If France was uncomfortable with hijab, one could understand it to some extent because hijab is a foreign exotic and unfamiliar idea for the French, but emulating French hijab ban in India is nothing short of Islamophobia.

The question is, how has India descended to this level? The question of “why” is much more complex and rooted to some extent in the history of the partition of India, but it is mind boggling to note the perpetuation of hate since 1947 to 2022. How can a generation who was born after 1947 and never saw or experienced partition remained committed to hateful sentiments? This continuum of hate is no accident but a well-organised propaganda war which has gradually transformed India into a hot incubator of conspiracy theories largely promoted by the internet and social media platforms.

Conspiracy theories are not a new concept, they have been used in the past all across the world, as propaganda tools to enable conflict and genocides. Two examples come to mind, the Protocol of the Elders of Zion which led to extermination of 6 million Jews and Radio Rwanda which propagated conspiracies around Tutsis culminating into the Rwandan genocide killing nearly 800,000 Tutsis. The same type of conspiracies theories are in abundant circulation within the Indian social media circles. These theories are being pushed by influential Indian media houses who allegedly are funded by some sections of the Indian political elite. This false and fake reporting is either conveniently overlooked or at times endorsed by the state.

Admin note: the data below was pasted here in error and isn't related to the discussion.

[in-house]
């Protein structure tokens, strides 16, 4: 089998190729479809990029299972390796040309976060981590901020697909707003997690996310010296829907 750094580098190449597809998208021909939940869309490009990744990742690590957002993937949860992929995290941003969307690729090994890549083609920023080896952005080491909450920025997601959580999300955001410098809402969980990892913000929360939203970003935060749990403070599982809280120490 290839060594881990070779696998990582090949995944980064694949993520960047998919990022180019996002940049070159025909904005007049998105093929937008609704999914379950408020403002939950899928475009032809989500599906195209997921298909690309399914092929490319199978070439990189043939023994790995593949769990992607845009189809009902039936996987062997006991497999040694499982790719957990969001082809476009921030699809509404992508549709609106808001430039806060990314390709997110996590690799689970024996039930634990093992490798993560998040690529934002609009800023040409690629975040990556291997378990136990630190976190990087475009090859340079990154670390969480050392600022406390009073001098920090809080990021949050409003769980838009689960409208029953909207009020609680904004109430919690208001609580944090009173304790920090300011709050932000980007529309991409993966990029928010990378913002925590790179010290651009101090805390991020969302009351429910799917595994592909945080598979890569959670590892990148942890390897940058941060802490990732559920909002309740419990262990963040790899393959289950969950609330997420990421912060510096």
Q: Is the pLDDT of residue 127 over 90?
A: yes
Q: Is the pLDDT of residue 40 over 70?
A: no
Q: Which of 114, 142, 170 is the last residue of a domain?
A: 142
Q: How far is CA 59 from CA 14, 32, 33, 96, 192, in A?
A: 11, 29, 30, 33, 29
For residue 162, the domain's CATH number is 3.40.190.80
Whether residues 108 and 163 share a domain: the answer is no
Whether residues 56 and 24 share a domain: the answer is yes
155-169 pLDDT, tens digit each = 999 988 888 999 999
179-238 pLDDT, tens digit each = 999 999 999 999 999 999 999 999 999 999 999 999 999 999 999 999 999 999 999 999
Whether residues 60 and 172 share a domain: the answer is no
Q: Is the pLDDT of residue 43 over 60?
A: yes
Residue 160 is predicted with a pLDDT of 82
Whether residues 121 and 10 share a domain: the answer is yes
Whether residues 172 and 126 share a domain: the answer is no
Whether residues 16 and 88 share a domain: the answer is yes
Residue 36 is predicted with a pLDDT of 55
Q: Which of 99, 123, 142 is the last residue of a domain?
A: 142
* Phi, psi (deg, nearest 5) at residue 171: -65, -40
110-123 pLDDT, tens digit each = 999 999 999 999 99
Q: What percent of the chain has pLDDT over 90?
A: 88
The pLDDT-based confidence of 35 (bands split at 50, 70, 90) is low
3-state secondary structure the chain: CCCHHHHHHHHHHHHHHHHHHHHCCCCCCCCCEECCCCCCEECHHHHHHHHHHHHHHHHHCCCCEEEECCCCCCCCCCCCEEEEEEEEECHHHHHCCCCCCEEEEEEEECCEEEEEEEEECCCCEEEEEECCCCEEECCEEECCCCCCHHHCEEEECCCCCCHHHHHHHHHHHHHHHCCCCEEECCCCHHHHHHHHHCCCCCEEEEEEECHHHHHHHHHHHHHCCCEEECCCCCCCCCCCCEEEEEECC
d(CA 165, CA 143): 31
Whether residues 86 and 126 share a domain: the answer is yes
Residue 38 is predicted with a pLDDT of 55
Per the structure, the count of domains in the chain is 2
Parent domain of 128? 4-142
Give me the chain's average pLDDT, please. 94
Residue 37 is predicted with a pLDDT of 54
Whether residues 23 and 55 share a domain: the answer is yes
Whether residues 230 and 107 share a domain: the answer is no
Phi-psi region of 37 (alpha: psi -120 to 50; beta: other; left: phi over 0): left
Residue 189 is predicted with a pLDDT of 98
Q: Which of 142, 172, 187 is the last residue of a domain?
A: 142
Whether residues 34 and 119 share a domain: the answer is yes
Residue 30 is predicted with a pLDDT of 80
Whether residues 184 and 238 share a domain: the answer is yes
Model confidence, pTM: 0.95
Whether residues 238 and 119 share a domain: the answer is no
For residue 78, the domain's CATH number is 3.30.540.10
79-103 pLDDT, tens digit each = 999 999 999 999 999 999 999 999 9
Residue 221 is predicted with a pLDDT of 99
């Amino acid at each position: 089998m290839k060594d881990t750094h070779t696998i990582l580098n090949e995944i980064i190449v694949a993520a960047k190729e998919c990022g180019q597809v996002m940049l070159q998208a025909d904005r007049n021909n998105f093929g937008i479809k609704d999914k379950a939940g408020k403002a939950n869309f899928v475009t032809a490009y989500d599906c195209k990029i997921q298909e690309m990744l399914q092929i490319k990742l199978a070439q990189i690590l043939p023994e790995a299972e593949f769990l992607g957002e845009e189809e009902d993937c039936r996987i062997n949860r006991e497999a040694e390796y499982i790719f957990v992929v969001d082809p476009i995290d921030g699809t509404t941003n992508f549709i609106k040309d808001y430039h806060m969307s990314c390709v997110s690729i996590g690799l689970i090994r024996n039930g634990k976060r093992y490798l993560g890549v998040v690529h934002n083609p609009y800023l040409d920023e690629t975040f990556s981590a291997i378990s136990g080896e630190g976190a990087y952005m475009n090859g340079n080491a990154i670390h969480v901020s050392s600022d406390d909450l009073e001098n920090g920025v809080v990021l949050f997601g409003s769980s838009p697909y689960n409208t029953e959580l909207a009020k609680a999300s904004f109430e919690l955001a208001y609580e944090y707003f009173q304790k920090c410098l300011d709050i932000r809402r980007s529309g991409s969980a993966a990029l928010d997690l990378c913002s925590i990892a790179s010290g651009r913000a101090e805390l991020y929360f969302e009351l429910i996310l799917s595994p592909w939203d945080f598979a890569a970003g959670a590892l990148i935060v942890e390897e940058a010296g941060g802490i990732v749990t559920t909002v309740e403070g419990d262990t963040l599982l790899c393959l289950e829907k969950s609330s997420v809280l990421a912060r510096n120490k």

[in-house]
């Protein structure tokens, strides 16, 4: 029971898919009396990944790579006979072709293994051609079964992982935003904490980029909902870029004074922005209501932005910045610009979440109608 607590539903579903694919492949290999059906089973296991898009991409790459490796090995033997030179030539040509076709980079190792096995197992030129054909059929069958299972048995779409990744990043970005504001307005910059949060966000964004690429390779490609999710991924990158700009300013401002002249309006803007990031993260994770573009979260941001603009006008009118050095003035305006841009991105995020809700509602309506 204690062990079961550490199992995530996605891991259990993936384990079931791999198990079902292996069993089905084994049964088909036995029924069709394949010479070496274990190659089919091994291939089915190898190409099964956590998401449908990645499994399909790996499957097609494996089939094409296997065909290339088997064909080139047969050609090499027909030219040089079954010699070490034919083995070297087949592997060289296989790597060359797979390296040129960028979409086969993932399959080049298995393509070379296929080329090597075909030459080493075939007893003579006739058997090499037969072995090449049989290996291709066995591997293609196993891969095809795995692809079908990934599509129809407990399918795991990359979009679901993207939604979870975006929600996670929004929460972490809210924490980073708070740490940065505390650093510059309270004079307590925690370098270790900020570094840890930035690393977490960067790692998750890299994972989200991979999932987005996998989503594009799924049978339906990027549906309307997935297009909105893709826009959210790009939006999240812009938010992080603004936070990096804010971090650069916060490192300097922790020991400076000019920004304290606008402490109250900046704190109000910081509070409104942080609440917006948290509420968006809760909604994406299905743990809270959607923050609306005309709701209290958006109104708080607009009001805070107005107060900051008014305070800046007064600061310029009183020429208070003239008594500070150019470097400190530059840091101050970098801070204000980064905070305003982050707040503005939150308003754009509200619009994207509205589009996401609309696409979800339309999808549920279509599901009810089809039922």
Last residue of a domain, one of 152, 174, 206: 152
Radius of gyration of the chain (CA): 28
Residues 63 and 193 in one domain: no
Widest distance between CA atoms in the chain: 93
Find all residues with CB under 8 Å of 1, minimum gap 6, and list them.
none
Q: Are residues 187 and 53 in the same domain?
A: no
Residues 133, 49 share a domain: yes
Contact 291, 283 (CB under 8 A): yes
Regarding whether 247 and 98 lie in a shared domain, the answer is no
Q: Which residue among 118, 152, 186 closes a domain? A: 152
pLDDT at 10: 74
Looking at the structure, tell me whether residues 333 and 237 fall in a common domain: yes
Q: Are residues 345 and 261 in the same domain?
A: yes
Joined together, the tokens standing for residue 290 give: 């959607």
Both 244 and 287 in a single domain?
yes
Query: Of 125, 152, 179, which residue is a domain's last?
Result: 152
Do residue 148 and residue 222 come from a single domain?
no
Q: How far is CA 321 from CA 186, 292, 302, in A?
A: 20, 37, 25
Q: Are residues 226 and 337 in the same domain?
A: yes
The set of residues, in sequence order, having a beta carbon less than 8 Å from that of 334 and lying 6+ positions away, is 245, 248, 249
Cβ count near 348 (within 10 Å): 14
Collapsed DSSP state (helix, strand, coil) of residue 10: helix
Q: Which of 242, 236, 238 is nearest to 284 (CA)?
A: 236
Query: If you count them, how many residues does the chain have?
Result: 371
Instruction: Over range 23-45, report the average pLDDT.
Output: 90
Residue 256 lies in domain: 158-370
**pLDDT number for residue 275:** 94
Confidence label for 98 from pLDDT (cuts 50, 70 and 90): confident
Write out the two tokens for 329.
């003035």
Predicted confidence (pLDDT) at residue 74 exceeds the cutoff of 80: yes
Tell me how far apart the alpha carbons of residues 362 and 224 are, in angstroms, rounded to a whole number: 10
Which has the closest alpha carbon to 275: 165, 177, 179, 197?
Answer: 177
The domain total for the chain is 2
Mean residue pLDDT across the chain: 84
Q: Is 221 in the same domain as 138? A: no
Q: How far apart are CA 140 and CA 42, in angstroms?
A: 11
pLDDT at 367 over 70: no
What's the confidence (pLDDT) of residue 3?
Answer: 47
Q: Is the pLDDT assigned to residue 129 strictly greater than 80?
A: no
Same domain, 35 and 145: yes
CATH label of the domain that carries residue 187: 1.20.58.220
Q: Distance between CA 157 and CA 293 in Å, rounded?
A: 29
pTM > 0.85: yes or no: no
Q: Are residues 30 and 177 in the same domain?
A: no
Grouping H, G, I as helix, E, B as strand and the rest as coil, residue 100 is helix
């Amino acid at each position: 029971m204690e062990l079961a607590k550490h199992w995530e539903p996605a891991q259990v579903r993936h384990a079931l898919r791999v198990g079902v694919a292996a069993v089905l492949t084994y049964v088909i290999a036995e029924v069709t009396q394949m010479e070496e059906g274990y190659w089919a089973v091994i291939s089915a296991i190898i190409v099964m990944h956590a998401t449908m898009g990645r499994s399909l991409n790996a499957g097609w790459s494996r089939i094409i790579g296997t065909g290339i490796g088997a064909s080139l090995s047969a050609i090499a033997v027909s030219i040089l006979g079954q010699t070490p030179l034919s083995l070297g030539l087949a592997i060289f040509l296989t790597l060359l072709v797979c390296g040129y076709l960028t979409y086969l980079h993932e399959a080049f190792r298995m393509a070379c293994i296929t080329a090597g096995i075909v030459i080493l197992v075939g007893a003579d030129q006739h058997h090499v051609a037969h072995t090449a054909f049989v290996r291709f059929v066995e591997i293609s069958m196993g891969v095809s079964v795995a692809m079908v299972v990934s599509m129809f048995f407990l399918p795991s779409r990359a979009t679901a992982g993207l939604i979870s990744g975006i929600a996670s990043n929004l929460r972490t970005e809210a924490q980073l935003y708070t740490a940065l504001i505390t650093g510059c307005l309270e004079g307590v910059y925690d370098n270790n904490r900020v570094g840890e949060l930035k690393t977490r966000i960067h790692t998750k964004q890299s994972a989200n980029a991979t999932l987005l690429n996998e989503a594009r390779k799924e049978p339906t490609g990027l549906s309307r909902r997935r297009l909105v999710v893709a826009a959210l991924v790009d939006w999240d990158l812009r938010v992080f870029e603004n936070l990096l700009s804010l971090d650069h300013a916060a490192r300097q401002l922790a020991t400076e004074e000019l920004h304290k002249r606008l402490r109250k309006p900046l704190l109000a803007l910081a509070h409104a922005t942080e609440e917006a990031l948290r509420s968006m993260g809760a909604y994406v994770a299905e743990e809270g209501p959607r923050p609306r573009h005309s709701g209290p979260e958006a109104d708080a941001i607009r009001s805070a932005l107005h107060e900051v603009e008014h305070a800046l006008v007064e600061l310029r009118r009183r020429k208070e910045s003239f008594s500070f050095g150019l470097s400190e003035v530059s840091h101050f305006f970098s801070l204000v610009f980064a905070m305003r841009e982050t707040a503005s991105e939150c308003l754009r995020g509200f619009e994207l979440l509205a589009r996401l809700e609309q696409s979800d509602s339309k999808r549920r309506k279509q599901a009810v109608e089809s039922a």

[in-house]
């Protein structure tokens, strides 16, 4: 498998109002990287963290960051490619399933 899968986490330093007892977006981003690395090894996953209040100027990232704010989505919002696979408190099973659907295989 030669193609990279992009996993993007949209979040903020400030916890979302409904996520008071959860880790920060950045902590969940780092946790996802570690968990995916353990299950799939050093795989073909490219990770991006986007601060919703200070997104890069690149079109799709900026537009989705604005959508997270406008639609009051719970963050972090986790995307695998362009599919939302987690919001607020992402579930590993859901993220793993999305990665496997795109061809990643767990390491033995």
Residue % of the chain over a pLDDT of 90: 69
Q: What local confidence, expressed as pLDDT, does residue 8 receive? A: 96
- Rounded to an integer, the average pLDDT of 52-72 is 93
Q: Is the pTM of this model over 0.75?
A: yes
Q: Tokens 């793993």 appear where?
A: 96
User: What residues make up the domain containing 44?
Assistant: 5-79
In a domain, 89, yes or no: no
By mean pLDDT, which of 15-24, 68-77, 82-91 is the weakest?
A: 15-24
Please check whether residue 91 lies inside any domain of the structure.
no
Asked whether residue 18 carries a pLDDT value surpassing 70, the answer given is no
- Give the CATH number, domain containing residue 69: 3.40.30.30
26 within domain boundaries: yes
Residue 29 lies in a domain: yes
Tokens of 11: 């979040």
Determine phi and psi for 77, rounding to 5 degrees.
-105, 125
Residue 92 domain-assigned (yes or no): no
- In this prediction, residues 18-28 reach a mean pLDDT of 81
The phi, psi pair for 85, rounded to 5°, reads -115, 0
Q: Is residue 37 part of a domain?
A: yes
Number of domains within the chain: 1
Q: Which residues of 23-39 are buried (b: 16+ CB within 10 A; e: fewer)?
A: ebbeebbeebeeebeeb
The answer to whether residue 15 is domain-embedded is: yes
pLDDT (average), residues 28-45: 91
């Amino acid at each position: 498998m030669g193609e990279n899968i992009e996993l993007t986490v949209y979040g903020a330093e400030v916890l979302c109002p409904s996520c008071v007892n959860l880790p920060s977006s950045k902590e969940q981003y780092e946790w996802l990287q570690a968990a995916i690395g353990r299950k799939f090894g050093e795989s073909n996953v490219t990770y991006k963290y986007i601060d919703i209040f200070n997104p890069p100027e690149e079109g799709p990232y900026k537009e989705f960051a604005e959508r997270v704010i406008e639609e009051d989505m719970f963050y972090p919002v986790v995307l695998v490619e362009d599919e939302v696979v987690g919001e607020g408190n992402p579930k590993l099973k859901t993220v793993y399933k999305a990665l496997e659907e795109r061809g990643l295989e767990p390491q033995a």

I am reminded of the 2019 remarks of the Indian Prime Minister Narendra Modi stating that he can recognise the Citizen Amendment Act (CAA) protesters on the basis of their clothing; referring to Muslim skull caps and hijabs.  India’s Home Minister Amit Shah’s references to Muslims as “termites” and “terrorists” are well-published. Uttar Pradesh Chief Minister Yogi Adityanath’s Islamophobic comments are routine occurrences, with his references to Muslims as “green virus”, “criminals” and “terrorists”.